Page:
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The Daily Wildcat

The Daily Wildcat


    Tucson Village Farm keeps it fun and fresh

    Kelsee Becker
    Kelsee Becker / Arizona Daily Wildcat Produce within Tucson Village Farm features QR codes, offering customers nutritional information as well as recipes. Tucson Village Farm, on the NE corner of Campbell and Roger, reconnects young people to healthy lifestyles, teaching them how to grow and prepare fresh produce.

    A big red barn, smiling children with dirt under their nails and a whole lot of vegetables — this is the Tucson Village Farm.

    Here, youth in the Tucson community can not only learn about gardening and farming, but also put that knowledge to use through hands-on activities.

    Tucson Village Farm, located on Campbell Avenue between Roger Road and Limberlost Drive, is a program of the Pima County Cooperative Extension and the UA Agriculture and Life Sciences Department.

    “It’s an urban farm for kids, by kids,” said Elizabeth Sparks, an Arizona 4-H Youth Development assisstant agent for the Pima County Cooperative Extension. The idea for the farm came from the co-coordinator of Tucson Village Farm, Leza Carter.

    She wanted something different from a community garden, Sparks said.

    Tucson Village Farm offers everything from field trips to birthday parties to educational programs for preschool through high school students. There is even a Farm Camp in the summer, offered for two one-week sessions in June.

    “We get kids digging in the dirt, seeing how those carrots grow, eating them and loving them,” Sparks said. “It’s hard-pressed for kids to be able to trace their food past the aisle in Safeway.”

    Camp participants help grow kale, basil, summer squash, Armenian cucumbers and bell peppers, to name a few, as well as planting pumpkin seeds and popcorn kernels in the popcorn field. They also learn about farming and arid lands, harvest vegetables and wheat and even milk goats to make goat cheese, Sparks said. Finally, they make a pizza with all the foods they’ve grown and made in what Sparks calls a “seed-to-table experience.”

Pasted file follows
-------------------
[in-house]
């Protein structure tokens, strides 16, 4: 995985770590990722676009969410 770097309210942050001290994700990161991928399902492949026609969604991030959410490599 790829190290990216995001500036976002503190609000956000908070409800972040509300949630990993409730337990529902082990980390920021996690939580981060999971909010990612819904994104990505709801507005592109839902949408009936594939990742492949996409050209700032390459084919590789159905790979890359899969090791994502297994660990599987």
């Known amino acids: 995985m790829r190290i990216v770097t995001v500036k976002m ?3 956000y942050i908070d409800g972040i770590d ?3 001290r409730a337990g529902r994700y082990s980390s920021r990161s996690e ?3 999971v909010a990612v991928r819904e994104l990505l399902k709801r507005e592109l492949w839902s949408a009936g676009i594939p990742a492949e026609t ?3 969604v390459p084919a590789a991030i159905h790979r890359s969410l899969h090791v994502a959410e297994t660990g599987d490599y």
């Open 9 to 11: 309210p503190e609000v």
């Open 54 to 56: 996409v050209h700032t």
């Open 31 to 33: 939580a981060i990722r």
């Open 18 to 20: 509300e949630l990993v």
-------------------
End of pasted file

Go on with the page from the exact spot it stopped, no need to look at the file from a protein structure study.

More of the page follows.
Chad Personeus, UA a general studies senior, recently took his 4-year-old twin daughters to Tucson Village Farm for their birthday party.

    “Their reaction [to the farm] was more than enough to make a father proud who has been so involved with all things environmentally friendly and outdoors,” Personeus said. “The birthday party presented the opportunity to really see how TVF shines in what it really does for the community, if people take advantage of their offerings.”

    The helpful staff and interactive gardening and sustainability activities made the experience well worthwhile as a positive practice in the community, he added.

    Personeus also chairs the Water Harvesting Committee, a program under Students for Sustainability. He will be installing the “Water Cow” at Tucson Village Farm on Friday. A 55-gallon drum for harvesting rainfall, the Water Cow has legs, a “tail” that pumps water, and four working udders from which you can easily access water, according to Personeus.

    Since it looks just like a cow, kids love learning about it. The cow is better known as “Oreo,” as it was named by two classes of three-year-olds at the Catalina Methodist Day School where the Water Harvesting Committee first used the Water Cow to educate the public about water harvesting, Personeus said.

    But you don’t have to be a kid or a parent to get involved with the farm. Every Monday, volunteers are invited to help out from 8 a.m. to noon, Sparks said. On “U-Pick” Tuesdays, from 3 p.m. to 5 p.m., participants are able to pick fresh, organic produce and purchase them. Plus, three paid internships are avaliable to current UA students interested in working at the farm in the summer.

    Tucson Village Farm is about getting everyone in the community involved in healthy, local, sustainable eating practices. So go ahead — dig in.

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